A few weeks ago I had the privilege of presenting at Just Born and Nearly Born Night, an educational afternoon for new or expecting parents. One of the other presenters spoke about cloth diapers, and I was amazed by what she said. I was also kind of bummed that I didn't have this information when my girls were really little - my third daughter is on the verge of being fully trained.
I may not get the opportunity to give this a try, but I did want to make sure other parents heard what I heard. So I asked Katrina Pavlik, mother of two, post partum doula, and the founder of the Chicago Area Real Diaper Circle, to write about the myths and misconceptions when it comes to cloth diapers.
"So you use cloth diapers? With the pins and everything?" Just today I had this conversation with another mom at the park. In order to show her that, no, I do not use the pins and everything, I immediately pulled down my kid's pants to show her what a modern cloth diaper is. Cloth diapers have come a long way, but the fears and misunderstandings about what they are and how they work lurk deep in our blood.
Myth #1 - I'm going to be knee deep in poop and my house is going to smell like a zoo.
WRONG! Well, half wrong… any parent that diapers a baby is going to touch poop at one time or another. With cloth diapers, you plop the poop in the toilet (where poop belongs) or spray it in with a diaper sprayer and you're done. Really. Houses with cloth diapers also don't have that "disposable diaper smell." You know the smell - the one that smells like chemicals with pee on them. My house is more likely to smell like the overcooked scrambled eggs still sitting on my stove.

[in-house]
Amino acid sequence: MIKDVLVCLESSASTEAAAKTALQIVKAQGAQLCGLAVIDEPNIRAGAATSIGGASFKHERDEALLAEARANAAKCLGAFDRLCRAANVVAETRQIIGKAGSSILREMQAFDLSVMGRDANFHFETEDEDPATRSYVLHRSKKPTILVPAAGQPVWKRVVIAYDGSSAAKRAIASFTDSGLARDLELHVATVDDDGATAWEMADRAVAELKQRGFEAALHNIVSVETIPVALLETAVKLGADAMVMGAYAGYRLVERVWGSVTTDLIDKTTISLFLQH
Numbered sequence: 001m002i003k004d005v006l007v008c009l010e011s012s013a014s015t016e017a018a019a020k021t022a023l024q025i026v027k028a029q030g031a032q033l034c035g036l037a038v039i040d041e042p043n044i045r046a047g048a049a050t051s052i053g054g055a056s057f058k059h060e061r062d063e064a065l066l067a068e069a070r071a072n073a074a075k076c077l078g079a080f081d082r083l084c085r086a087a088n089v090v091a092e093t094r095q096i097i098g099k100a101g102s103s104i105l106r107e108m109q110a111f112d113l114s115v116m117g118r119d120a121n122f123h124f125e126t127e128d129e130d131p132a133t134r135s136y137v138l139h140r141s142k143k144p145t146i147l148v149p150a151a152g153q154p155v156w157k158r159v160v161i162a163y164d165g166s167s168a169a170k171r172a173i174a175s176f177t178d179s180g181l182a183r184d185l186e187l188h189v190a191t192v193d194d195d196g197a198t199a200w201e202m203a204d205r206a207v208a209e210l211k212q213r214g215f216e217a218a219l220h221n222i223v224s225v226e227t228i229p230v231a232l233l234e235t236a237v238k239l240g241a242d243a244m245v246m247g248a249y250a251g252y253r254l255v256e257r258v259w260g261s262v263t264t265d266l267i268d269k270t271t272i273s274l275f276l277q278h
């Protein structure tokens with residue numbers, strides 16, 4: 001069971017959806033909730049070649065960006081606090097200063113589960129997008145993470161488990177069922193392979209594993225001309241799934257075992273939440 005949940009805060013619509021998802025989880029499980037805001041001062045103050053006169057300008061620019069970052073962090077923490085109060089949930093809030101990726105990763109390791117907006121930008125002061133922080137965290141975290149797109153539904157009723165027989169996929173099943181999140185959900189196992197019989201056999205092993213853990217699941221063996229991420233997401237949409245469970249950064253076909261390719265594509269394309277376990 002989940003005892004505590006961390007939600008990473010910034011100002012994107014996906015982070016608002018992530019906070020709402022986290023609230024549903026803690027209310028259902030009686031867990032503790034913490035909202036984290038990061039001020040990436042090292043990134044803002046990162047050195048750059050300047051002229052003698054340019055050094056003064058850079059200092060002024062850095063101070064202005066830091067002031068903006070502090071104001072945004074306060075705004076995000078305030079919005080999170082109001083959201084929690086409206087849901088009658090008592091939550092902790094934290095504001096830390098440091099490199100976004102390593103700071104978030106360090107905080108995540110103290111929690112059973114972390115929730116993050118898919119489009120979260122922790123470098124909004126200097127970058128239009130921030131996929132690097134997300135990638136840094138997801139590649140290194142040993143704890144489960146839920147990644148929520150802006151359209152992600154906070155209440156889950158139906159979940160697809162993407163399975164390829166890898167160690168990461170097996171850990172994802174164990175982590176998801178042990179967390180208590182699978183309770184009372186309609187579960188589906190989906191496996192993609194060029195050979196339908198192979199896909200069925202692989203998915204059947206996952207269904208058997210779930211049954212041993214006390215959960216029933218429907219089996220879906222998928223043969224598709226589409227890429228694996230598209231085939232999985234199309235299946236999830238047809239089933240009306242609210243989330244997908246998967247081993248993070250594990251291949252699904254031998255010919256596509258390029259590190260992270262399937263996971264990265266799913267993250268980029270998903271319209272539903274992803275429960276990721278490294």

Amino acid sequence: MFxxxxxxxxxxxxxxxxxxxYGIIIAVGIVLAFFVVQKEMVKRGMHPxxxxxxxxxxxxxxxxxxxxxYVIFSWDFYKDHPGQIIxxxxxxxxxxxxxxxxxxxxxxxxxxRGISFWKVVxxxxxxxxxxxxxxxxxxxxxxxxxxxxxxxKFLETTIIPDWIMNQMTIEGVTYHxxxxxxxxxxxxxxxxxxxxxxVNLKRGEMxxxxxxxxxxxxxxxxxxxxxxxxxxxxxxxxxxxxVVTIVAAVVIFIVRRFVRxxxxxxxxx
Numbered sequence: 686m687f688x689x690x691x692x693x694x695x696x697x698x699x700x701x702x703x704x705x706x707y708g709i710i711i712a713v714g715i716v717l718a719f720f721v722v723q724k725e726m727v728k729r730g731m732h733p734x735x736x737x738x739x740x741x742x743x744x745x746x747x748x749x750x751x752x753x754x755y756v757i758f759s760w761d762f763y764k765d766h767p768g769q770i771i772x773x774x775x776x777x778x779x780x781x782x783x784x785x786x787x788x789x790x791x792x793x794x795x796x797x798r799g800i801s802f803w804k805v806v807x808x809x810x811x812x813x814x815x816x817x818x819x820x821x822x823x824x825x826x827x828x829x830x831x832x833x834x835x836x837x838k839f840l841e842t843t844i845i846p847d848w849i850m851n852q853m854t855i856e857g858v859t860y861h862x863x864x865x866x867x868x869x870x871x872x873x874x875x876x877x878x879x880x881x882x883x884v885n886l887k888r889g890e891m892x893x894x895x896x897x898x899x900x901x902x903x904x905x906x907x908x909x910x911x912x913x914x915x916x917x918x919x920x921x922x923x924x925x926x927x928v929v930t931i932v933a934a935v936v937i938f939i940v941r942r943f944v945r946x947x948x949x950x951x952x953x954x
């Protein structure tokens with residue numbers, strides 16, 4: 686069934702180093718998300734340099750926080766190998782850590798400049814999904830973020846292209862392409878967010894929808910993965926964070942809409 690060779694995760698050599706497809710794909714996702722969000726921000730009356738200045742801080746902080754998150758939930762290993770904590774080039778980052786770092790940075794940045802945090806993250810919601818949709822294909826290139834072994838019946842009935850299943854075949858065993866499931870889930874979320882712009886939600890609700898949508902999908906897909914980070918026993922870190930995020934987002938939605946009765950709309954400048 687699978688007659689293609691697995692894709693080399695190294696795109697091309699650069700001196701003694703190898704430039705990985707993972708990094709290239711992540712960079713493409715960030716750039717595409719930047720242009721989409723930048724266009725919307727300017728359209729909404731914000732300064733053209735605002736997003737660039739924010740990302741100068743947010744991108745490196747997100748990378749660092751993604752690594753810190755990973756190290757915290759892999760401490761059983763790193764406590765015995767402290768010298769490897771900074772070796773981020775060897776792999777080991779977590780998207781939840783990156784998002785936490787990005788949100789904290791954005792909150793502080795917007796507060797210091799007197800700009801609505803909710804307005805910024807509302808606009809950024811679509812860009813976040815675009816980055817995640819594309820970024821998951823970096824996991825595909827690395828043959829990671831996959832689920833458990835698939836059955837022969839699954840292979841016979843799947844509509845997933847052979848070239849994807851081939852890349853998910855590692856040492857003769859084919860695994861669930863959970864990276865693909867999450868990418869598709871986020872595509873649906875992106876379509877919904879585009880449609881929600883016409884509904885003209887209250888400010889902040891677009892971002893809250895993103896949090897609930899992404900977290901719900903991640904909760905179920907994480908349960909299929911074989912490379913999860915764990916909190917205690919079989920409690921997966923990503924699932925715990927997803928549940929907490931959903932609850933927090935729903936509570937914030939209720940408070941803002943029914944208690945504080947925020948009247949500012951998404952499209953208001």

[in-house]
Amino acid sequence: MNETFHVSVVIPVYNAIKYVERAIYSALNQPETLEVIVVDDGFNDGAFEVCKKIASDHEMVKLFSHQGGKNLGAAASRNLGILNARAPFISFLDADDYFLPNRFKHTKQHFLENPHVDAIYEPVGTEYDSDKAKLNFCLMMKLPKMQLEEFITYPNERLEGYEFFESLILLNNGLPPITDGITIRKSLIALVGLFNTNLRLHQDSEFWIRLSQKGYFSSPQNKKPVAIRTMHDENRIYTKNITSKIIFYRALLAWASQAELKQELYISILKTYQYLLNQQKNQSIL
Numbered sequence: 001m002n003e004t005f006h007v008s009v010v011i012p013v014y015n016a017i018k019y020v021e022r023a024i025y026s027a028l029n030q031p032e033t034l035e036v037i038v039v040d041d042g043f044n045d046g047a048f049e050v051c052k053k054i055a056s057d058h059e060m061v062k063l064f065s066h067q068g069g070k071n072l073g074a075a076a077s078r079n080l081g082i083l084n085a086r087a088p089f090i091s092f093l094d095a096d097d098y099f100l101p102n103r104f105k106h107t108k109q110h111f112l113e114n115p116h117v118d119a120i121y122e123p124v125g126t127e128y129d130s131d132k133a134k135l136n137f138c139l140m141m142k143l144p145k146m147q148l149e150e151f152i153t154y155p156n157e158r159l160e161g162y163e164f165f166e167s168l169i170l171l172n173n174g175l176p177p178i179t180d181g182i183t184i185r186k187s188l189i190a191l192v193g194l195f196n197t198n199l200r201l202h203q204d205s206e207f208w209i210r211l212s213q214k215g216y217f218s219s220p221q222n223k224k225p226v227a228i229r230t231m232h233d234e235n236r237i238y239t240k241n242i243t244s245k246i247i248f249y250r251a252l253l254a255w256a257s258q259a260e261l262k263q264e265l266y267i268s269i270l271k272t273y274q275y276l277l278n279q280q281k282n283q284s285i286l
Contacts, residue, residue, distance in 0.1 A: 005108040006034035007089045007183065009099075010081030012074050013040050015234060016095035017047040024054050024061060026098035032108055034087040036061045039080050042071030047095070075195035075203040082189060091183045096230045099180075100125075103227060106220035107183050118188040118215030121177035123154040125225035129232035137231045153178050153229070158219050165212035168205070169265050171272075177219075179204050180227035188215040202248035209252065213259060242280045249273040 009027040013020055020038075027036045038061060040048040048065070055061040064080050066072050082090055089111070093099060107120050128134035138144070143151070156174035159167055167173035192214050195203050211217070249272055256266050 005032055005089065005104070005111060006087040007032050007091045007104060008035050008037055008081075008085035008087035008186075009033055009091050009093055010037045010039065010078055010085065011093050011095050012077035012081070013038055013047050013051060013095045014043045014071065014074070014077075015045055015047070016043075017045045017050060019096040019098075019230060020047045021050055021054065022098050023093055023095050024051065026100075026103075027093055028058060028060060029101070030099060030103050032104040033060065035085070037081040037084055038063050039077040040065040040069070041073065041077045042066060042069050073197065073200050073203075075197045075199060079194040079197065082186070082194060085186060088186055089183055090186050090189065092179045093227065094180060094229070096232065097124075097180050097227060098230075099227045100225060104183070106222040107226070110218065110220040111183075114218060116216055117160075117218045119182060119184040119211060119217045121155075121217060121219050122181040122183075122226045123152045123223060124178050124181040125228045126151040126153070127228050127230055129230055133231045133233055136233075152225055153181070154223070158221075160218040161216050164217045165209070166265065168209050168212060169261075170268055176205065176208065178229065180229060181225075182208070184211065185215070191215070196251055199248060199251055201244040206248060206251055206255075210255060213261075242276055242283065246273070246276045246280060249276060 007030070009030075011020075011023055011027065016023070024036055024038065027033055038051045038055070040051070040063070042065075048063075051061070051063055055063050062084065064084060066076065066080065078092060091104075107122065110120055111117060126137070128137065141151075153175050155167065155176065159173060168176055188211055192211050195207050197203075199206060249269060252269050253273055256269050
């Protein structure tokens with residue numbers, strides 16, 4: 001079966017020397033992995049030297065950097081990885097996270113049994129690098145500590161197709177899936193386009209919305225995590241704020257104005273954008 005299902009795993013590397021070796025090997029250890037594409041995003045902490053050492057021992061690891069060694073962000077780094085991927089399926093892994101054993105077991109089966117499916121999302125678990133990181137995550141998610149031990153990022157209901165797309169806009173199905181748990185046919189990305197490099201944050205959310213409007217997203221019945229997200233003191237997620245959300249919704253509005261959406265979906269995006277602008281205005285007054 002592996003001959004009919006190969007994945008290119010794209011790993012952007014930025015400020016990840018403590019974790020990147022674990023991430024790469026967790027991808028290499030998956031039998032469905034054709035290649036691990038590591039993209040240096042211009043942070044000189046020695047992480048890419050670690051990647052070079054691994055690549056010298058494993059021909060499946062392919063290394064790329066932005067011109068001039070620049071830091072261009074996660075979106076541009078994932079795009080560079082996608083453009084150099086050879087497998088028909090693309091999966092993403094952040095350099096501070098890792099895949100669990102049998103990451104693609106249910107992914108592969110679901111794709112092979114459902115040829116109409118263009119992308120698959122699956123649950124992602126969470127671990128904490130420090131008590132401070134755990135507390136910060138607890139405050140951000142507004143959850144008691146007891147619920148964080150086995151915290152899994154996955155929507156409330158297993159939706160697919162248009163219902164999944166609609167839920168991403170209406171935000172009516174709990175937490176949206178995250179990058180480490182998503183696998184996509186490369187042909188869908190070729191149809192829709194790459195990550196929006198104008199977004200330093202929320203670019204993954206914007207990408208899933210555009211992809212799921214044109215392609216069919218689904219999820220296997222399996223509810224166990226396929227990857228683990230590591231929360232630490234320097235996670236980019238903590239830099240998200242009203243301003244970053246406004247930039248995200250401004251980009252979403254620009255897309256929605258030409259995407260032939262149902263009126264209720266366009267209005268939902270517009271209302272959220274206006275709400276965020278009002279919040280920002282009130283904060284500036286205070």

Myth #2 - I don't have time for all the extra wash and work it takes.
WRONG! Well, OK, maybe you really don't have the time. In that case, you can get a cloth diaper service and spend the same amount of money you would spend on disposables. No laundry needed. As for the rest of us, once you get into a routine of washing, it's barely an extra hour of work a week. Besides, don't you spend time running to the store to get diapers? Instead, stay home and turn on the washer.
Myth #3 - I'll poke my baby! My husband will never go for this! Everyone will laugh at me!
WRONG! WRONG! MAYBE. Modern cloth diapers come with Velcro or snaps, not pins. There is no poking - only nice, soft, real fabric against your baby's bum. You don't wear plastic underwear, right? Husbands are sometimes late to board the cloth diaper train, but once they realize that they are saving over $2,000 over the average baby's diapering lifetime, they get on board pretty quickly. Invest that money instead, and send your kid to college.
Myth #4 - I did the research and it's really not that much better for the environment.
WRONG! Disposable diaper companies love to fund these "studies!" Grrr. A baby in disposables creates one ton of solid waste per year, and those dipes are going to be in a landfill until your great-great-great-great grandchildren are running around (estimates range from 250-500 years). Yes, washing takes water, but so does creating a disposable diaper (two times more water than washing one!). Yes, drying takes energy, so does producing a disposable diaper (plus gas for shipping, extra packaging, waste transport, and landfill construction).
Myth #5 - Cloth diapers are incredibly cute and addictive!
RIGHT! Modern cloth diapers can fit anyone's budget and style. New businesses are popping up all over the city and online. Chicago also boasts an active community of cloth diapering parents who support each other and freely hand out cloth diaper love to anyone who is interested.
For more information about cloth diapers, check out the Real Diaper Association, a national non-profit dedicated to promoting reusable diapers (realdiaperassociation.org)
Yahoo group: http://groups.yahoo.com/group/clothdiaperchicago/
Facebook page: Cloth Diaper Chicago
For more information about the next Just Born and Nearly Born Night, contact Tricia Fitzgerald at 773-620-3829 or check out her Facebook page: Gentle Beginning.
Cathy Adams is a certified parenting coach, yoga instructor and mother to three girls.
See more of Cathy's stories here.